The story of the Samaritan woman begins with Jesus traveling through Samaria, even though most Jews purposefully avoided the region because the Samaritans were considered an impure mixed race. Upon His arrival in the town of Sychar, Jesus rested by a well. It was there He met a Samaritan woman who came to draw water. When Jesus spoke to her, she was shocked because she knew Jews did not associate with Samaritans.
Not only was her race an issue, but she was also a woman known to be living in sin. She had had five husbands, and she was not married to the man she was currently living with. Her lifestyle and her background caused her to be an outcast. So much so, she was gathering water alone in the heat of the day. She knew no respectable Jewish man would talk to a woman under such circumstances, especially in a public place for all to see. But Jesus did. He crossed all barriers to show her His love. And as a result, she discovered His living water. She found belonging with Jesus (John 4).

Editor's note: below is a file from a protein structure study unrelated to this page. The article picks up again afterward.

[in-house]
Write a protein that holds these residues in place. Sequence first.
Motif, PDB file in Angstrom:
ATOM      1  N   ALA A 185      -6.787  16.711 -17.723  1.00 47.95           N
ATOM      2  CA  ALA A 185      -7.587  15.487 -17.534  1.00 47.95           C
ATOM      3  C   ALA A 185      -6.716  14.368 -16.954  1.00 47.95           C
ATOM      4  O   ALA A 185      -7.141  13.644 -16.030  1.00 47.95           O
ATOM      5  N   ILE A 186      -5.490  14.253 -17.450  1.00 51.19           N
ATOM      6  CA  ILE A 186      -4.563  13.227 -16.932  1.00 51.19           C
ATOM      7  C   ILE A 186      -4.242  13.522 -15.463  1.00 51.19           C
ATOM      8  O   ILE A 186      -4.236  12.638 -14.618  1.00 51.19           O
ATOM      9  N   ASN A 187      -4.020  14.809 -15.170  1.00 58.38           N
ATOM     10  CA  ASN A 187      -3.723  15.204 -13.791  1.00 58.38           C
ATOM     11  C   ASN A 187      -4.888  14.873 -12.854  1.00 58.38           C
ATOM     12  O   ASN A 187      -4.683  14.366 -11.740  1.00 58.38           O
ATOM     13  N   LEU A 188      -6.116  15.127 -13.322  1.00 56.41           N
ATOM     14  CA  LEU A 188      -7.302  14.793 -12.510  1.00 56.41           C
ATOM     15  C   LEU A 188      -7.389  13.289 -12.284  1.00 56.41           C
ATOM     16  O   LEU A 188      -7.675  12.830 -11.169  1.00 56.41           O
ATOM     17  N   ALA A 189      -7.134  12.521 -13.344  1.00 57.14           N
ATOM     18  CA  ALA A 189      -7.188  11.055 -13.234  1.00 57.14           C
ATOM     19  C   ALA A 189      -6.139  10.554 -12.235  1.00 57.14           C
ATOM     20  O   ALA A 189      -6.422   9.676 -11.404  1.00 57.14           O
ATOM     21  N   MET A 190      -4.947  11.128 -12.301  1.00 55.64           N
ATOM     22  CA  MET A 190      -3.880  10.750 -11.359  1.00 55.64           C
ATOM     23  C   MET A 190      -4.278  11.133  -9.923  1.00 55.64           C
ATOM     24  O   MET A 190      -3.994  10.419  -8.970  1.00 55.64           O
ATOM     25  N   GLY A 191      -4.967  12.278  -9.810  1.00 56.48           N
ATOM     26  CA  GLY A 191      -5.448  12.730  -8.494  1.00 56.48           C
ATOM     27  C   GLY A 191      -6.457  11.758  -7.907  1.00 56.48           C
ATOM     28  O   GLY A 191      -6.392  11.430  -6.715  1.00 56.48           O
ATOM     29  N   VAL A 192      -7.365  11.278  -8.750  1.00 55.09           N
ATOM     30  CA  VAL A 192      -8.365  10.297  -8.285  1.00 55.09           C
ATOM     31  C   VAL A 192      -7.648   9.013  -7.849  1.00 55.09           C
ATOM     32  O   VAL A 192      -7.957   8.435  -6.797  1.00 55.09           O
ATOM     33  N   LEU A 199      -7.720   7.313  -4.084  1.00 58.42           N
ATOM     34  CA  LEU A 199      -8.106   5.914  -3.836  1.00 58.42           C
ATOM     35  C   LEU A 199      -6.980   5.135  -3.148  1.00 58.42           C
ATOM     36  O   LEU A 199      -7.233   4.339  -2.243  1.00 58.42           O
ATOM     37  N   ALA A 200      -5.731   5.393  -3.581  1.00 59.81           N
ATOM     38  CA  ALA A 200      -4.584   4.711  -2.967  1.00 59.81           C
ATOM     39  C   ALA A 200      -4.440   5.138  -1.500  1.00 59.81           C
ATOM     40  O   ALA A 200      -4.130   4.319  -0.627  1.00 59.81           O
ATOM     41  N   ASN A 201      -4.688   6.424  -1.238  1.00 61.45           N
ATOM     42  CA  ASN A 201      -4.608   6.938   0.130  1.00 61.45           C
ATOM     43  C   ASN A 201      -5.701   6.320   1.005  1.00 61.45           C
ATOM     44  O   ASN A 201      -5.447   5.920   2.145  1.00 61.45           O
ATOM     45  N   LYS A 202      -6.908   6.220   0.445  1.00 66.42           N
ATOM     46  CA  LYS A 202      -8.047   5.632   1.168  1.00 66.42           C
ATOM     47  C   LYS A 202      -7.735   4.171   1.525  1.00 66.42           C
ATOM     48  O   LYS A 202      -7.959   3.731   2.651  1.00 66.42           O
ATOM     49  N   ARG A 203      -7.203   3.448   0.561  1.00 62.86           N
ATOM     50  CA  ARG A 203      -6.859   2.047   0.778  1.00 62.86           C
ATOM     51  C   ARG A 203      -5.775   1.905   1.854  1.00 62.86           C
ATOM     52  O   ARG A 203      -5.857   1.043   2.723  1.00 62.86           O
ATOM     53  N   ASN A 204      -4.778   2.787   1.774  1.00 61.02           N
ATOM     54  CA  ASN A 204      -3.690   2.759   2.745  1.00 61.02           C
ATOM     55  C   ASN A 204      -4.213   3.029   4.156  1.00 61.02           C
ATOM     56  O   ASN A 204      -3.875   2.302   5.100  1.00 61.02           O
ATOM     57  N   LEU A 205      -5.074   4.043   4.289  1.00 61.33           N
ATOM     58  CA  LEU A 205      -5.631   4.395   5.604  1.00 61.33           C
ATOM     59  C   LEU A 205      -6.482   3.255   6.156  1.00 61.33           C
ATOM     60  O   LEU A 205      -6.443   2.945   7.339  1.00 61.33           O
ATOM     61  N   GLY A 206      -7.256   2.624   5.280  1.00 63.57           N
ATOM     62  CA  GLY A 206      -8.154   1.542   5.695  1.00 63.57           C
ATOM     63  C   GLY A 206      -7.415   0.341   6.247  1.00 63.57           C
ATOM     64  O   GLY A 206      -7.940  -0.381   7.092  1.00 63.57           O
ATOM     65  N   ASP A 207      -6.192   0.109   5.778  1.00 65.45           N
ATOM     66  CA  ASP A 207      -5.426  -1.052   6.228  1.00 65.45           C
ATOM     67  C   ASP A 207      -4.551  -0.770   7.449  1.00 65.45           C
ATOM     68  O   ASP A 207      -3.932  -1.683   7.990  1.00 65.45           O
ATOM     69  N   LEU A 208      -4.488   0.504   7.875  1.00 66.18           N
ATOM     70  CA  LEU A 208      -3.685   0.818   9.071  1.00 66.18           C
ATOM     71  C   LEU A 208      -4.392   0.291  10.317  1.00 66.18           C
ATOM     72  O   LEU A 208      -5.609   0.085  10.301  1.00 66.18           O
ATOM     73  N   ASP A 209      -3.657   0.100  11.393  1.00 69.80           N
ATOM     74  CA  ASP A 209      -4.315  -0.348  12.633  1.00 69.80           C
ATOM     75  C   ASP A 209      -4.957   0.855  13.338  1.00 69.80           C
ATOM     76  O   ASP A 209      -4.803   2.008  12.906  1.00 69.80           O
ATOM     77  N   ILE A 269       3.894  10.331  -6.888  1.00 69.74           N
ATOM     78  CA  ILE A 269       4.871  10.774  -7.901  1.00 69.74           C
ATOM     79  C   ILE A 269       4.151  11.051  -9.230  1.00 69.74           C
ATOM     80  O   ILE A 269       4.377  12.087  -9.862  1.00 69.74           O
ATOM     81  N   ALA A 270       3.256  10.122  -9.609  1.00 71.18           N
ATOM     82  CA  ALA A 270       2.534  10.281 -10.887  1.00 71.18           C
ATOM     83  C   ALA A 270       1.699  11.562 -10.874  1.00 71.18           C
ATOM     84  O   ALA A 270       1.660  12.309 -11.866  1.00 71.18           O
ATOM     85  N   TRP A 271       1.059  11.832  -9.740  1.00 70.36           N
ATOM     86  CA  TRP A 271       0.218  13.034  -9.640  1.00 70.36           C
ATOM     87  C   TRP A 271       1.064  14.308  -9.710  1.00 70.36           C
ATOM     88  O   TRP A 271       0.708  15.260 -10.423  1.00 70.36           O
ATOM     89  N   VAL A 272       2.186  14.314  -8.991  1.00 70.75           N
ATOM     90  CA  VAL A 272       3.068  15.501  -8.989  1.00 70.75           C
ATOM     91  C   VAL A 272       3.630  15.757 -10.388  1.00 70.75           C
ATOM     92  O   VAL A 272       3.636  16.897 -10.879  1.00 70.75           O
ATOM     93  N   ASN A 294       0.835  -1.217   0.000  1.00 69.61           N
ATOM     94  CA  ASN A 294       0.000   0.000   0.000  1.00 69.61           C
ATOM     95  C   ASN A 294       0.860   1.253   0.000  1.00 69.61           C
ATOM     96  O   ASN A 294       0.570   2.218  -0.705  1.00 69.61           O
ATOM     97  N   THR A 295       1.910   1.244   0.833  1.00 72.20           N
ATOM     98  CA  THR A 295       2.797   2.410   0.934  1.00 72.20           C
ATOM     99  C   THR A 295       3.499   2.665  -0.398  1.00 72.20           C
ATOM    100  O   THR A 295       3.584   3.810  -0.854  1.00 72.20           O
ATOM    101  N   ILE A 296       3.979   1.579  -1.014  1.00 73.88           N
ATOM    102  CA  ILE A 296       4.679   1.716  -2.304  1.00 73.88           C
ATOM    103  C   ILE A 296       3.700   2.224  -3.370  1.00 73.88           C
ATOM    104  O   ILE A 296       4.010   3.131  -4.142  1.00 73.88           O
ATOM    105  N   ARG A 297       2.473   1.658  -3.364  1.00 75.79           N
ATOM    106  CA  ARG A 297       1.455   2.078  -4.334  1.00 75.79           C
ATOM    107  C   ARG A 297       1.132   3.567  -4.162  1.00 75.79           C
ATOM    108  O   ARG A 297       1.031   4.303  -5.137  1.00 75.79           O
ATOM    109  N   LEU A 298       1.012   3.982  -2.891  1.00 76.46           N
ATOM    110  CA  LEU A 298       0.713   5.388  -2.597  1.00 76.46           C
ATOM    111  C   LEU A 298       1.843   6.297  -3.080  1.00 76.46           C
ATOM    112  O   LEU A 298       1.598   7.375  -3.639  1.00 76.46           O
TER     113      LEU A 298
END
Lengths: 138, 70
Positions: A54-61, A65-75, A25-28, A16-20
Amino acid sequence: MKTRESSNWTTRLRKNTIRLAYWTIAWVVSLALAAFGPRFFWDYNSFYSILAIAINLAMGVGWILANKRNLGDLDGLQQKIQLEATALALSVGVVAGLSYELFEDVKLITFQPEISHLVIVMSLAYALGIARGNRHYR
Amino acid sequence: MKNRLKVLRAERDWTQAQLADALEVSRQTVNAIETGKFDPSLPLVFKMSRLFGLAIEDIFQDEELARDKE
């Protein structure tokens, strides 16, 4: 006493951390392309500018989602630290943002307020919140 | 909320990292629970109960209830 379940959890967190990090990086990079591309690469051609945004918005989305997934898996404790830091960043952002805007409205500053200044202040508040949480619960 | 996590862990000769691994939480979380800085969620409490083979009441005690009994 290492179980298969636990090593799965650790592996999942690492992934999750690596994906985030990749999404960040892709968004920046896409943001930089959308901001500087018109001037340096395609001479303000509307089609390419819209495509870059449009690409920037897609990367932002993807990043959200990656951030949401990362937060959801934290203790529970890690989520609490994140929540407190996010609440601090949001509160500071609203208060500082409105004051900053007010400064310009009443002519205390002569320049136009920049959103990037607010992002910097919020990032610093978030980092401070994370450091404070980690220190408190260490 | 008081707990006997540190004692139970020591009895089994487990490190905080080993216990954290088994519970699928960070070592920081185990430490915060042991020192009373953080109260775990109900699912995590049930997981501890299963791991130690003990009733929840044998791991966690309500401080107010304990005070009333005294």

Jesus also embraced the lepers. Leprosy was a terrifying disease because there was no cure. If a person contracted the illness, a priest banished them from their city. However, when a leper whose skin was covered with the dreaded disease asked Jesus for healing, Jesus was willing to touch the man whom everyone else considered untouchable. Because of His willingness to reach out, the man was healed both physically and spiritually (Matthew 8). And as a result, he found belonging with Jesus.
Zacchaeus was an outcast for other reasons. He was a chief tax collector and tax collectors were among the most unpopular people in Israel. Jews by birth, they chose to work for Rome and were considered traitors. To make matters worse, it was common knowledge that tax collectors were making themselves rich by gouging their fellow Jews.